Proof
(a) (b)
Suppose the coordinate system ^{i} is Lorentz at p, and let x^{i} be as hypothesized in (b). We proceed by invoking condition (a) of Definition 6.2 for several paths. (These paths will correspond to sending out light rays in various directions.)
Path C: x^{1} = ct; x^{2} = x^{3} = 0, x^{4} = t (a photon traveling along the x^{1}axis in E_{4}).
This gives
and hence T^{2} = 0, and hence Definition 6.2 (a) applies. Let D be the changeofbasis matrix to the (other) inertial frame ^{i};
D_{k}^{i}  =  x^{k} 
, 
so that
^{i}  =  D_{k}^{i}T^{k}  
= 

By property (a) of Definition 6.2,
so that
If we reverse the direction of the photon, we similarly get
Noting that this only effects crossterms, subtracting and dividing by 4c gives
that is,
In other words, the first and fourth columns of D are orthogonal under the Minkowskian inner product. Similarly, by sending light beams in the other directions, we see that the other columns of D are orthogonal to the fourth column.
If, instead of subtracting, we now add (*) and (**), and divide by 2, we get
showing that
So, if we write
then
Similarly (by choosing other photons) we can replace column 1 by either column 2 or column 3, showing that if we take
we have
column i, column i  = 

. 
Let us now take another, more interesting, photon given by
Path D: x^{1} = (c/2^{1/2})t; x^{2} = (c/2^{1/2})t; x^{3} = 0; x^{4} = t, with
(You can check to see that T^{2} = 0, so that it does indeed represent a photon.) Since ^{2} = 0, we get
and, looking at a similar photon traveling in the opposite x^{2}direction,
Subtracting these gives
But we already know that the second term vanishes, so we are left with
showing that columns 1 and 2 are also orthogonal.
Choosing similar photons now shows us that columns 1, 2, and 3 are mutually orthogonal. Therefore, we have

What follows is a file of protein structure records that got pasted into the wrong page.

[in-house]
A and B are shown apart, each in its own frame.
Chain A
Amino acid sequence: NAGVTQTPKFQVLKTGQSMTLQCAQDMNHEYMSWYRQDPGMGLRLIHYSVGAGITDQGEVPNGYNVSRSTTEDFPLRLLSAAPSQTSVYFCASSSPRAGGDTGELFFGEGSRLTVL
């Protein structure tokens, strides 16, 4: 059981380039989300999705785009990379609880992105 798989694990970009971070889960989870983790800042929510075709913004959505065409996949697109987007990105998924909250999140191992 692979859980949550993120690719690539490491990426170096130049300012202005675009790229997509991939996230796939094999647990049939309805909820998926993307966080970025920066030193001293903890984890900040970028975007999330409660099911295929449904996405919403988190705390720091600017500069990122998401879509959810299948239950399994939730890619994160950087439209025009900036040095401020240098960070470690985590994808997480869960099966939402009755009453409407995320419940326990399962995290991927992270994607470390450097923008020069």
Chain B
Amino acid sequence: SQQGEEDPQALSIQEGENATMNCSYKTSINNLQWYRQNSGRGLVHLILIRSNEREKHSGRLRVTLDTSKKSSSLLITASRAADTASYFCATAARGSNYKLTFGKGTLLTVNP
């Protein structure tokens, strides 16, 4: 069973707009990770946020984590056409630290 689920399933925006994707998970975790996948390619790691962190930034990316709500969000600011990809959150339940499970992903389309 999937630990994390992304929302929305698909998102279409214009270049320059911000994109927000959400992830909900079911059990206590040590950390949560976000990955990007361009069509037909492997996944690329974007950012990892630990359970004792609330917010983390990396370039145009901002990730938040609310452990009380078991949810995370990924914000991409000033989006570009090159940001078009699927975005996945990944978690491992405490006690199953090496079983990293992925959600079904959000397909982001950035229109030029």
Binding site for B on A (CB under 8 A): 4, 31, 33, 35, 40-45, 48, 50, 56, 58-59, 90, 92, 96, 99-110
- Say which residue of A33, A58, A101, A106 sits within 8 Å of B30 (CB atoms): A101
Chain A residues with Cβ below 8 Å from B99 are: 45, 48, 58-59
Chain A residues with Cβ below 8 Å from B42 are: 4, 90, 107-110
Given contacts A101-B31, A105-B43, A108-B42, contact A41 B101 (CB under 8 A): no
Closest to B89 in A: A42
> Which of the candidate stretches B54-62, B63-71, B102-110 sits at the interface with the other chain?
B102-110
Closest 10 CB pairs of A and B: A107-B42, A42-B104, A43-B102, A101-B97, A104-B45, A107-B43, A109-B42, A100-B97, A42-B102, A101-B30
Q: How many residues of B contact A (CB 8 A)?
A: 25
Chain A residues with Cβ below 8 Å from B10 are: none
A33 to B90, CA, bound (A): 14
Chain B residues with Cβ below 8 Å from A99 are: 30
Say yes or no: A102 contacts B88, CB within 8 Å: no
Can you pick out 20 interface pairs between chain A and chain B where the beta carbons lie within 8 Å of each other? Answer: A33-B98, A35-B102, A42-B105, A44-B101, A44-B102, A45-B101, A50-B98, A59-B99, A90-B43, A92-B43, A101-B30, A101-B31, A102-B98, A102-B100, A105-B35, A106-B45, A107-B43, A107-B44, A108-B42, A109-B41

column i, column j  = 

..... (IV) 
But, what is k? Let us now invoke condition (b) of Defintion 6.2. To measure the length of a vector in the new frame, we need to transform the metric tensor using this coordinate change. Recall that, using matrix notation, the metric G transforms to = P^{T}GP, where P is the matrix inverse of D above. In the exercise set, you will see that the columns of P have the same property (IV) above, but with k replaced by 1/k. But,
Now, since G is just a constant multiple of an elementary matrix, all it does is multiply the last row of P by c^{2}. So, when we take P^{T}(GP), we are really getting the funny dot product of the columns of P back again, which just gives a multiple of G. In other words, we get
Now we invoke condition (b) in Definitoin 6.2: Take the vector = (1, 0, 0, 0) in the frame. (Recognize it? It is the vector /^{1}.) Since its 4th coordinate is zero, condition (b) says that its normsquared must be given by the usual length formula:
On the other hand, we can also use to compuate ^{2}, and we get
showing that k = 1. Hence, = G, and also D has the desired form. This proves (b) (and also (c), by the way).
(b) (c)
If the change of coordinate matrix has the above orthogonality property,
D_{i}^{1}D_{j}^{1} + D_{i}^{2} D_{j}^{2} + D_{i}^{3} D_{j}^{3}  c^{2}D_{i}^{4} D_{j}^{4}  =  column i, column j  = 

, 
then the argument in (a) (b) shows that = G (since k = 1/k = 1 here).
(c) (a)
If = diag[1, 1, 1, c^{2}] at the point p, then is Lorentz at p, by the remarks preceding Definition 6.2. Thus, we are done.
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